While we’ve recently seen great strides in robotic capability, the gap between human and robot motor skills remains vast. Machines still have a very long way to go to match human proficiency even at basic sensorimotor skills like grasping. However, by linking learning with continuous feedback and control, we might begin to bridge that gap, and in so doing make it possible for robots to intelligently and reliably handle the complexities of the real world.
Consider for example this robot from KAIST, which won last year’s DARPA robotics challenge. The remarkably precise and deliberate motions are deeply impressive. But they are also quite… robotic. Why is that? What makes robot behavior so distinctly robotic compared to human behavior? At a high level, current robots typically follow a sense-plan-act paradigm, where the robot observes the world around it, formulates an internal model, constructs a plan of action, and then executes this plan. This approach is modular and often effective, but tends to break down in the kinds of cluttered natural environments that are typical of the real world. Here, perception is imprecise, all models are wrong in some way, and no plan survives first contact with reality.
In contrast, humans and animals move quickly, reflexively, and often with remarkably little advance planning, by relying on highly developed and intelligent feedback mechanisms that use sensory cues to correct mistakes and compensate for perturbations. For example, when serving a tennis ball, the player continually observes the ball and the racket, adjusting the motion of his hand so that they meet in the air. This kind of feedback is fast, efficient, and, crucially, can correct for mistakes or unexpected perturbations. Can we train robots to reliably handle complex real-world situations by using similar feedback mechanisms to handle perturbations and correct mistakes?
While servoing and feedback control have been studied extensively in robotics, the question of how to define the right sensory cue remains exceptionally challenging, especially for rich modalities such as vision. So instead of choosing the cues by hand, we can program a robot to acquire them on its own from scratch, by learning from extensive experience in the real world. In our first experiments with real physical robots, we decided to tackle robotic grasping in clutter.
A human child is able to reliably grasp objects after one year, and takes around four years to acquire more sophisticated precision grasps. However, networked robots can instantaneously share their experience with one another, so if we dedicate 14 separate robots to the job of learning grasping in parallel, we can acquire the necessary experience much faster. Below is a video of our robots practicing grasping a range of common office and household objects:
While initially the grasps are executed at random and succeed only rarely, each day the latest experiences are used to train a deep convolutional neural network (CNN) to learn to predict the outcome of a grasp, given a camera image and a potential motor command. This CNN is then deployed on the robots the following day, in the inner loop of a servoing mechanism that continually adjusts the robot’s motion to maximize the predicted chance of a successful grasp. In essence, the robot is constantly predicting, by observing the motion of its own hand, which kind of subsequent motion will maximize its chances of success. The result is continuous feedback: what we might call hand-eye coordination. Observing the behavior of the robot after over 800,000 grasp attempts, which is equivalent to about 3000 robot-hours of practice, we can see the beginnings of intelligent reactive behaviors. The robot observes its own gripper and corrects its motions in real time. It also exhibits interesting pre-grasp behaviors, like isolating a single object from a group. All of these behaviors emerged naturally from learning, rather than being programmed into the system.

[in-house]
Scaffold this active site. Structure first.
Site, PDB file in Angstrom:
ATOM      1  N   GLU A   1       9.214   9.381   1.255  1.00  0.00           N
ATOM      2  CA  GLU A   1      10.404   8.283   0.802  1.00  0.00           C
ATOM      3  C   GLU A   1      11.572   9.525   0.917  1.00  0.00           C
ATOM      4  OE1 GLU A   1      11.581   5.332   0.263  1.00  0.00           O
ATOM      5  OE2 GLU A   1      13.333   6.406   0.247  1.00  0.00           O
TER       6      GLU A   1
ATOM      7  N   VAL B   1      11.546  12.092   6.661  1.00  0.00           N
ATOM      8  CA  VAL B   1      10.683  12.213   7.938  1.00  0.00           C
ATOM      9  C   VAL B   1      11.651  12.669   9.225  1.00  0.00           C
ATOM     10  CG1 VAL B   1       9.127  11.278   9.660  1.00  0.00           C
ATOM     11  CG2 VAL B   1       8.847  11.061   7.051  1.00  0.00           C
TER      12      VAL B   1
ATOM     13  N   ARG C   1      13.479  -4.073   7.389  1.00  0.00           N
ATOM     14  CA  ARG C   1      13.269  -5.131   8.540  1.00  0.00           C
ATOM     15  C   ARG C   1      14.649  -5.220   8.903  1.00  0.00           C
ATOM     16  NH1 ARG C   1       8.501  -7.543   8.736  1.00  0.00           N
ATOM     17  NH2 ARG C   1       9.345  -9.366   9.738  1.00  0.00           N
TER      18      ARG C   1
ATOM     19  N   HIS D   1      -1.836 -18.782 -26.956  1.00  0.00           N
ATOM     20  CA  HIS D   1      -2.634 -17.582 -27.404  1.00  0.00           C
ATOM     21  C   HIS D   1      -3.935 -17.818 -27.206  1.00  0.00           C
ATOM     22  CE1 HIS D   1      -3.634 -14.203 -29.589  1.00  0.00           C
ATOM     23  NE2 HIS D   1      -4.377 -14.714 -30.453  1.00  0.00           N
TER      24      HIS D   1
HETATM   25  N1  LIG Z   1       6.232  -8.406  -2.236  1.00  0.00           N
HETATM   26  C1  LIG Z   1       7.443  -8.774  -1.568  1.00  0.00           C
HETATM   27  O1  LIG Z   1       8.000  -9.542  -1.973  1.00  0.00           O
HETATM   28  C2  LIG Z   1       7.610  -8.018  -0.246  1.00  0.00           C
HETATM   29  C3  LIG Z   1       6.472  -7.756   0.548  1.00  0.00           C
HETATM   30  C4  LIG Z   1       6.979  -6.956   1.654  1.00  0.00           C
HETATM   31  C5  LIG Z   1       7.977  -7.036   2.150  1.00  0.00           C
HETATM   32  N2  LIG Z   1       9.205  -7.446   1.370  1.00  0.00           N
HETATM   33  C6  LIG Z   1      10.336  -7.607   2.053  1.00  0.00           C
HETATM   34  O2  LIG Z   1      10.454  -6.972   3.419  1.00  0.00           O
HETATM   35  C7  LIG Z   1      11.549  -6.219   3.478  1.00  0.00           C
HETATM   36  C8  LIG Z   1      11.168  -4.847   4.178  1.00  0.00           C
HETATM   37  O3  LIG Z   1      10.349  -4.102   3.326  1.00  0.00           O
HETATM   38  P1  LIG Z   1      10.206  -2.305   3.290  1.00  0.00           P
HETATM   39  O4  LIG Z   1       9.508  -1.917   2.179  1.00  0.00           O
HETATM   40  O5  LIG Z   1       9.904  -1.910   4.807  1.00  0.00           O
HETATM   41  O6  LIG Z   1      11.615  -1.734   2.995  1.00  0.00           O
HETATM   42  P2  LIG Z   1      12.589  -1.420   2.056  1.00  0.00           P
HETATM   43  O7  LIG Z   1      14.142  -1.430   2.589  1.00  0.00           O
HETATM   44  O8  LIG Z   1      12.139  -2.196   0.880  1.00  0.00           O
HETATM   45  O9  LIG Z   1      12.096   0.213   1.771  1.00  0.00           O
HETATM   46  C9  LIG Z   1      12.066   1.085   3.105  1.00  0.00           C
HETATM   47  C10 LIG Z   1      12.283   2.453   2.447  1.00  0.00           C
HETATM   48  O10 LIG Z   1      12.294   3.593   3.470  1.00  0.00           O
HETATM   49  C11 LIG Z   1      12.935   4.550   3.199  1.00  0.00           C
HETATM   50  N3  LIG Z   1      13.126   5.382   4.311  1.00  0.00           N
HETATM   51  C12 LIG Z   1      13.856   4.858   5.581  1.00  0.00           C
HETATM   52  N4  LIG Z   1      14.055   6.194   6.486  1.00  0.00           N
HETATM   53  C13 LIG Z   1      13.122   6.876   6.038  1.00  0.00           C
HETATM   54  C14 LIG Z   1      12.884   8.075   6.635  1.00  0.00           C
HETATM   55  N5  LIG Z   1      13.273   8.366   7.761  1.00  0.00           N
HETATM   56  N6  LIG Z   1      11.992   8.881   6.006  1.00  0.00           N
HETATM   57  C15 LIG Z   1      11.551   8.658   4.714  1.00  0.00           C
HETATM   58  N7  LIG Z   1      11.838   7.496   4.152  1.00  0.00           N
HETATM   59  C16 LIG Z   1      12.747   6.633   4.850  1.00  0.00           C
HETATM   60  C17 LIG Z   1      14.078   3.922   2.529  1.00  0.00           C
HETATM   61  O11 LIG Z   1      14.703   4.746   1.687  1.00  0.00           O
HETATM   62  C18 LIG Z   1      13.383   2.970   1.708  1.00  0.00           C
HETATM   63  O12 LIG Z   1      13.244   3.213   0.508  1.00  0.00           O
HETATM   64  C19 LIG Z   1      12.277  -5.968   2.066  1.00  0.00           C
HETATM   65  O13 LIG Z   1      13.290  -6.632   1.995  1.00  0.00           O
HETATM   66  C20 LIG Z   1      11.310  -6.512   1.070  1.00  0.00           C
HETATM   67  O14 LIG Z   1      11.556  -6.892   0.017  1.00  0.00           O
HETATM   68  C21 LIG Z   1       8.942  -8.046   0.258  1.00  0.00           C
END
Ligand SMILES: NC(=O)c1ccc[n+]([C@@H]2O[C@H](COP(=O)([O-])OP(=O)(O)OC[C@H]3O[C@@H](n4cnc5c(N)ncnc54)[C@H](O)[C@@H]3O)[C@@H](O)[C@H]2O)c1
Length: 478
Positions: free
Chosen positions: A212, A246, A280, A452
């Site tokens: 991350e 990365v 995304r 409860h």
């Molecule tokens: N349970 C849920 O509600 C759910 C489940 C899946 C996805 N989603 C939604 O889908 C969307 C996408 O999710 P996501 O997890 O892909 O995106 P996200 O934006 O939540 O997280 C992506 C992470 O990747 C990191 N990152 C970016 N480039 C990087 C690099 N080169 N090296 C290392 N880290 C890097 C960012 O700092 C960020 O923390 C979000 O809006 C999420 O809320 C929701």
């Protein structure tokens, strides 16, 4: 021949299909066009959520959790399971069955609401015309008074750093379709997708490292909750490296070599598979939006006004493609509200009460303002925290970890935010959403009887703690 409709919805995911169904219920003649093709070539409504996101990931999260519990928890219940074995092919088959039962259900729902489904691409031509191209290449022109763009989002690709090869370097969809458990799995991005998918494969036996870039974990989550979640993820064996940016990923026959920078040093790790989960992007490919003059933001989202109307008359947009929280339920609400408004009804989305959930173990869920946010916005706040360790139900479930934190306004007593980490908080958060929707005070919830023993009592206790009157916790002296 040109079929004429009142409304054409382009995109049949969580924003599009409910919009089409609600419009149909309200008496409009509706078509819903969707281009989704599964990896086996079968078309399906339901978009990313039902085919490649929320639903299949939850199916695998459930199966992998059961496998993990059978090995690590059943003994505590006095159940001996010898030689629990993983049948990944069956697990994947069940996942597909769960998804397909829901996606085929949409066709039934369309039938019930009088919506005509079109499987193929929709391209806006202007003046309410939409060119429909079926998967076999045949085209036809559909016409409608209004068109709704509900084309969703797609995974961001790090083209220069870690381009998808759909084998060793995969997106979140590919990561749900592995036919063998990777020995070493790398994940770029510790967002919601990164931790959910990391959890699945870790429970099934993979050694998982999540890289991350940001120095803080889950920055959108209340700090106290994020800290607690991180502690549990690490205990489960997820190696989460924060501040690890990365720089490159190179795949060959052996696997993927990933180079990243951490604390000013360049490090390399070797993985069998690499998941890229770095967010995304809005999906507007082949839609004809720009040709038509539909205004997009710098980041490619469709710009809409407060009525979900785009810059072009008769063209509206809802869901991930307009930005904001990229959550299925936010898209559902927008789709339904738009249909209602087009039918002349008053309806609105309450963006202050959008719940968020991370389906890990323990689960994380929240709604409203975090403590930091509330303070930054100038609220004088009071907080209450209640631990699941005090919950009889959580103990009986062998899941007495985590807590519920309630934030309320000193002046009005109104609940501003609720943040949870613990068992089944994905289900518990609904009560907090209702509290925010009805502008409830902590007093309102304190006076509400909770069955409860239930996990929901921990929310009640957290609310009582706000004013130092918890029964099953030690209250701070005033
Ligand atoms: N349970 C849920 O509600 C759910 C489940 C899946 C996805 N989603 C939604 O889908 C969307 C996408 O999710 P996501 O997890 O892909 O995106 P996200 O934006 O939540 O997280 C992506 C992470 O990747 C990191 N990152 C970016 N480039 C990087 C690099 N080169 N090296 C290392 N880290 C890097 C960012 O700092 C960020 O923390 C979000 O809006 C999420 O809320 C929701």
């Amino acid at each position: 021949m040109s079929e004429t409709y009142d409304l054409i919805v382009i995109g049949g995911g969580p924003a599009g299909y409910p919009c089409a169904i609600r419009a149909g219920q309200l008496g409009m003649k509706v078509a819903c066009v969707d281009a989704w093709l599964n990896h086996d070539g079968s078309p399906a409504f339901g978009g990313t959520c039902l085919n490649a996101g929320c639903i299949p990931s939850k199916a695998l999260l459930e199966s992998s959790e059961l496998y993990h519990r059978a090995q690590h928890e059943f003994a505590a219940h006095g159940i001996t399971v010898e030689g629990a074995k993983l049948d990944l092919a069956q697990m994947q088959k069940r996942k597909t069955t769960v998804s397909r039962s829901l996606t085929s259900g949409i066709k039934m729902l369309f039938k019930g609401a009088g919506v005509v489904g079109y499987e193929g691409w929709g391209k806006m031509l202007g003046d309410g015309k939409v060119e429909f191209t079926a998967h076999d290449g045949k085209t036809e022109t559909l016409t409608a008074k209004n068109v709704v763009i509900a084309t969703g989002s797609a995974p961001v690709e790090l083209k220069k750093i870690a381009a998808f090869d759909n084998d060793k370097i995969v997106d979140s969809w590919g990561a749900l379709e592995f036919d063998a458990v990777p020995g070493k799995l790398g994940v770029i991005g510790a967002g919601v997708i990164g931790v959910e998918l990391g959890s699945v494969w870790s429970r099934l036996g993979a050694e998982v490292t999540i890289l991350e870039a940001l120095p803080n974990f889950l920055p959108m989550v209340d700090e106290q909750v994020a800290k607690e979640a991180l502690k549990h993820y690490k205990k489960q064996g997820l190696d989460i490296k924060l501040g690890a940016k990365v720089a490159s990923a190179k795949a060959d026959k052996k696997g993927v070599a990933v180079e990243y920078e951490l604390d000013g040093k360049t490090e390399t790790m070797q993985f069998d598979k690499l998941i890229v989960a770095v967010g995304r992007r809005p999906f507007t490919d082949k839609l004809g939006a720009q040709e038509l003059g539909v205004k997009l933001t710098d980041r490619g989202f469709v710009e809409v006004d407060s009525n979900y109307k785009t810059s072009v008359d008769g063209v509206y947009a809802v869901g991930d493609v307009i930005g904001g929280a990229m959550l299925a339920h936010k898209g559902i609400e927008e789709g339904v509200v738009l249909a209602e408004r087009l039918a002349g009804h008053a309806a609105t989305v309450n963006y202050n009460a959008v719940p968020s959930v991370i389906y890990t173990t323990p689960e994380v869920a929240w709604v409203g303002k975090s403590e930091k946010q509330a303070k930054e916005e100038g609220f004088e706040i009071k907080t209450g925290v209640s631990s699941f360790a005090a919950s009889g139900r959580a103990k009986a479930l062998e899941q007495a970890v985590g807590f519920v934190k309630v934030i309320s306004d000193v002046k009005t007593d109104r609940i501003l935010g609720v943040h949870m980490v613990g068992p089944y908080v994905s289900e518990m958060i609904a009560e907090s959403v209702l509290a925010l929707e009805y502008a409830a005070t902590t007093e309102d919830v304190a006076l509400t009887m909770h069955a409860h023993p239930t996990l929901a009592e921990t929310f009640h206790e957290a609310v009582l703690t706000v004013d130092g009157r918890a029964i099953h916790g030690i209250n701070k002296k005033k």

To evaluate whether the system achieves measurable benefit from continuous feedback, we can compare its performance to an open-loop baseline that closer resembles the perception-planning-action loop described previously, albeit with a learned CNN used to determine both the open-loop grasps and the closed-loop servoing trained on the same data. With open-loop grasp selection, the robot chooses a single grasp pose from a single image, and then blindly executes this grasp. This method has a 34% average failure rate on the first 30 picking attempts for this set of office objects:
Incorporating continuous feedback into the system reduces the failures by nearly half, down to 18% from 34%, and produces interesting corrections and adjustments:
Neural networks have made great strides in allowing us to build computer programs that can process images, speech, text, and even draw pictures. However, introducing actions and control adds considerable new challenges, since every decision the network makes will affect what it sees next. Overcoming these challenges will bring us closer to building systems that understand the effects of their actions in the world. If we can bring the power of large-scale machine learning to robotic control, perhaps we will come one step closer to solving fundamental problems in robotics and automation.
The research on robotic hand-eye coordination and grasping was conducted by Sergey Levine, Peter Pastor, Alex Krizhevsky, and Deirdre Quillen, with special thanks to colleagues at Google Research and X who've contributed their expertise and time to this research. An early preprint is available on arXiv.